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and it’s not with all the others’ tents.  It’s way out on the edge of the site next to bushes (think Big Five) and a dry riverbed (like where we saw Mr. Toad).

We just had supper.  It’s already getting dark at 6:30.  Our guides have made a big campfire.  I heard someone say, “That’ll keep them away.”  Keep them away?  Who is “them?”

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Remember what Mr Toad said earlier today?  “There’s more of THEM (emphasis added by yours truly) at night.”  I’ve come to the realization that Tanzania may be more dangerous than Australia.  I’m getting out of here tonight.  “Nona, pack our bags! Nona!”  Where is she? She’s off in the bushes with her binoculars … at night!  I just heard her say to Papa, “Solbit’s, calling,  you take care of her now.”

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He sat me down in “our” tent and had a talk with me.  “Solbit, I can tell you’re feeling scared.  What’s frightening you?”  I told him what Mr. Toad said to me and said, “I don’t have any camouflage.  The Big Five will get me.”  He said, “No they won’t. I’ll put you in my pocket, and they won’t be able to see you.”

Huh!  How smart is that?  “Papa, have you considered that you don’t have camouflage?  You know the Big Five are bigger than you.  They could eat you with me in your pocket!”  I just hope we make it through the night to live another day. If you never hear from me again, you’ll know what happened.  I’m in Papa’s pocket now. He’s sitting by the campfire. Someone just asked in a hushed voice, “Shuss, what’s that?” I think I hear something too.

I’m your friend.

Love,

Solbit

June 2014

  • You may be asking yourself, “Who is Solbit?” Solbit is a fictional character, but she is a real plastic dinosaur, sent to us unsolicited in a package we ordered from Photojojo. So, she’s a plastic jurassic. Solbit is short for the four names given her by our grandchildren: Sparkle, Orangie, Lulu, Breakit. We tend to use her given names for when she’s been naughty. Thank you for visiting Tales of a Plastic Jurassic. Solbit likes company and hopes you’ll come back.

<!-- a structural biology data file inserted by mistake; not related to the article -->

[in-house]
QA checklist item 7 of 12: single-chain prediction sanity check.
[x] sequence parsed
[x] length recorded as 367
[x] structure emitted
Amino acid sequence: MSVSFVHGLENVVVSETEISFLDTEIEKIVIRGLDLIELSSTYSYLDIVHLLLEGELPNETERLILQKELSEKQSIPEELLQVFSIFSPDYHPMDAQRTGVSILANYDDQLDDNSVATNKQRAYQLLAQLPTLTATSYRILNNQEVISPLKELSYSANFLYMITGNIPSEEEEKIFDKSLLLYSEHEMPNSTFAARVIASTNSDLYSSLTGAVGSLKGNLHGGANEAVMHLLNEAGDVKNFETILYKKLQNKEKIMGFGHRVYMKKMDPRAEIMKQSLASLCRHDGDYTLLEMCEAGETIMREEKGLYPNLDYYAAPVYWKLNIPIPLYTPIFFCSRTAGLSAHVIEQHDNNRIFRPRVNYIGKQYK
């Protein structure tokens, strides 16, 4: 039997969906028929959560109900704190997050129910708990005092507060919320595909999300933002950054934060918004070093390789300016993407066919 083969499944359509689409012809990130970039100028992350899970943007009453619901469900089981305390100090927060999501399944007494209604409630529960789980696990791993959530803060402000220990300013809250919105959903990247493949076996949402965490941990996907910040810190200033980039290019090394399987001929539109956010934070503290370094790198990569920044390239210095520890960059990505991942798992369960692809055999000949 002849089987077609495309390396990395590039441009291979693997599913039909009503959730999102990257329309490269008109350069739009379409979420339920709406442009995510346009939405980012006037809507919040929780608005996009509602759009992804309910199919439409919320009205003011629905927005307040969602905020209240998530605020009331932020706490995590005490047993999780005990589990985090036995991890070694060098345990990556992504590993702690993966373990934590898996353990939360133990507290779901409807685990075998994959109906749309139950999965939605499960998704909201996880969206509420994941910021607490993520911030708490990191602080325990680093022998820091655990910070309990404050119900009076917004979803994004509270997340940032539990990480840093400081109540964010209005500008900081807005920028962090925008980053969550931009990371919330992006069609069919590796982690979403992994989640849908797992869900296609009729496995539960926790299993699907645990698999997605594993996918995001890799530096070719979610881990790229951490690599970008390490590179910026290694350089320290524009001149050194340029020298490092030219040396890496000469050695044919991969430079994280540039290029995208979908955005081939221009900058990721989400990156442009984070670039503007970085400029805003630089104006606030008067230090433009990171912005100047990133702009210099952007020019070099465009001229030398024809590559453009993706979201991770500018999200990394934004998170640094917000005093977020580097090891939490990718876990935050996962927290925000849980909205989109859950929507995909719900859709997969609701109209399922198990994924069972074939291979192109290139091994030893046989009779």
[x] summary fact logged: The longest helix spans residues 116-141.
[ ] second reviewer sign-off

• You can learn more about Solbit at her About page and in the earlier posts, “Solbit: How I Got My Name” and “Solbit: How I Got to Travel.”

Solbit Asks, “Is This a Real Airplane?”

*New reader? Get oriented below.

Dear Nicalai,

“Don’t forget to take your motion sickness pills!” Nona reminded Papa.  We were checking out of Casa del Mar – one of my favorite places on this trip.

I asked Papa, “You never take motion sickness pills for airplane rides, and we’ve had a lot of airplane rides. Why now?”  Papa explained that we’re going to fly from Zanzibar to Arusha on a small plane, and he sometimes gets sick on small planes.  “You mean you throw up?” I asked.  He said, “Yes, Solbit, but it isn’t polite to say ‘throw up.’ Let’s just say that the motion makes me sick.  OK?”

“Yes, OK. Hey, maybe I should take a motion sick pill, too, so I don’t throw up? I mean so I don’t get sick.” I suggested.  Papa replied, “Solbit, the pill is bigger than your head, and I don’t think you could get it down, and, besides, you’re plastic, so you won’t get sick.”  That disappointed me a bit, but not as much as this.

When we walked out to our “airplane” at the airport, I asked, “Where’s our plane, Nona, and she said this is it.” I said, “Is this a real airplane? It doesn’t look like anything that we’ve flown in before.”

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Small, huh? I protested, “It’s a toy! I’m not getting on that thing.  It’s too small.”  Papa said, “Solbit, that’s why you should get on. It’s just the right size for you, and you get to sit with the pilot and watch all the controls, too.”

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That’s when my enthusiasm overcame my fear.  Put me in that copilot seat, and I’m ready to take off! “Let’s go, Papa!”  We hopped on board, and that’s when I heard Nona say a new word, “Well, what a coincidence!”

“Coincidence” is a big word. right?  Have you ever heard it before?  Well, Papa and Nona had one on this teeny weeny airplane.

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As you can see, I shared the copilot’s seat with a woman. Her name is Amy. She and her family were also passengers on our flight from Zanzibar to Arusha.  Guess what. They live in Philadelphia, very near where Nona, Papa, and their kids used to live. It gets more weird.  Amy and Papa worked at the same organization many years ago. That’s not weird enough, though.  Her daughters are going to the school where Nona and Papa’s kids went.  That we would “bump” into them at the Zanzibar airport is a coincidence.

Before we took off, the pilot gave us a safety talk.  Basically, he said, “Put on your seat belts and don’t worry about anything.”  I raised my hand to ask him a question.  He looked at me, and said, “Yes, what’s your question?”  I said, “If we don’t need to worry about anything on this teeny weeny plane, what’s that for?”  I pointed to this.